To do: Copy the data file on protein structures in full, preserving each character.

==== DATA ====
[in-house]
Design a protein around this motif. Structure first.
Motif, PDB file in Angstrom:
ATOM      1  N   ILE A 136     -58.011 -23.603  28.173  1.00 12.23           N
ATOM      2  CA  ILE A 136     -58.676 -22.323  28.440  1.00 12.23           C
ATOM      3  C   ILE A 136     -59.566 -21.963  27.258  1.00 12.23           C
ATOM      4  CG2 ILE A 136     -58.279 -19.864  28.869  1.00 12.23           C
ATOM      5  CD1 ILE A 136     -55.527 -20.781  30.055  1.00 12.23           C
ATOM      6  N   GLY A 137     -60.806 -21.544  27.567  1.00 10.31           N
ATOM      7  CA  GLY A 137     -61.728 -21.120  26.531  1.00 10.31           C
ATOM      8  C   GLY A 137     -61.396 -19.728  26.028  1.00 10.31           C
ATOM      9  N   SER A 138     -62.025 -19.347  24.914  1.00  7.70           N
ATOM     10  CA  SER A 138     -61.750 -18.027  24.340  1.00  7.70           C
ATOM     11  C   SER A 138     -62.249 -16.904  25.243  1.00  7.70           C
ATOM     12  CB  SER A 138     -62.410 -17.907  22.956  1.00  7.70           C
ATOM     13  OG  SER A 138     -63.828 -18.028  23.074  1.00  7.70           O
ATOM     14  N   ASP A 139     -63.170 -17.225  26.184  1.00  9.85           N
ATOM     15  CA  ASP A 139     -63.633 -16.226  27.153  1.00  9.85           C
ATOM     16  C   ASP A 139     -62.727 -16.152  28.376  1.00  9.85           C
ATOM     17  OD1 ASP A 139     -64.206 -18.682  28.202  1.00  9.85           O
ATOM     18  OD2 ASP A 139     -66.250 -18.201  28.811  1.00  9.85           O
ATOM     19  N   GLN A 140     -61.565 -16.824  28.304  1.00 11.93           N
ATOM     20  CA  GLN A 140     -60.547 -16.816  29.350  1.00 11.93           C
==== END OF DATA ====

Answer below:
[in-house]
Design a protein around this motif. Structure first.
Motif, PDB file in Angstrom:
ATOM      1  N   ILE A 136     -58.011 -23.603  28.173  1.00 12.23           N
ATOM      2  CA  ILE A 136     -58.676 -22.323  28.440  1.00 12.23           C
ATOM      3  C   ILE A 136     -59.566 -21.963  27.258  1.00 12.23           C
ATOM      4  CG2 ILE A 136     -58.279 -19.864  28.869  1.00 12.23           C
ATOM      5  CD1 ILE A 136     -55.527 -20.781  30.055  1.00 12.23           C
ATOM      6  N   GLY A 137     -60.806 -21.544  27.567  1.00 10.31           N
ATOM      7  CA  GLY A 137     -61.728 -21.120  26.531  1.00 10.31           C
ATOM      8  C   GLY A 137     -61.396 -19.728  26.028  1.00 10.31           C
ATOM      9  N   SER A 138     -62.025 -19.347  24.914  1.00  7.70           N
ATOM     10  CA  SER A 138     -61.750 -18.027  24.340  1.00  7.70           C
ATOM     11  C   SER A 138     -62.249 -16.904  25.243  1.00  7.70           C
ATOM     12  CB  SER A 138     -62.410 -17.907  22.956  1.00  7.70           C
ATOM     13  OG  SER A 138     -63.828 -18.028  23.074  1.00  7.70           O
ATOM     14  N   ASP A 139     -63.170 -17.225  26.184  1.00  9.85           N
ATOM     15  CA  ASP A 139     -63.633 -16.226  27.153  1.00  9.85           C
ATOM     16  C   ASP A 139     -62.727 -16.152  28.376  1.00  9.85           C
ATOM     17  OD1 ASP A 139     -64.206 -18.682  28.202  1.00  9.85           O
ATOM     18  OD2 ASP A 139     -66.250 -18.201  28.811  1.00  9.85           O
ATOM     19  N   GLN A 140     -61.565 -16.824  28.304  1.00 11.93           N
ATOM     20  CA  GLN A 140     -60.547 -16.816  29.350  1.00 11.93           C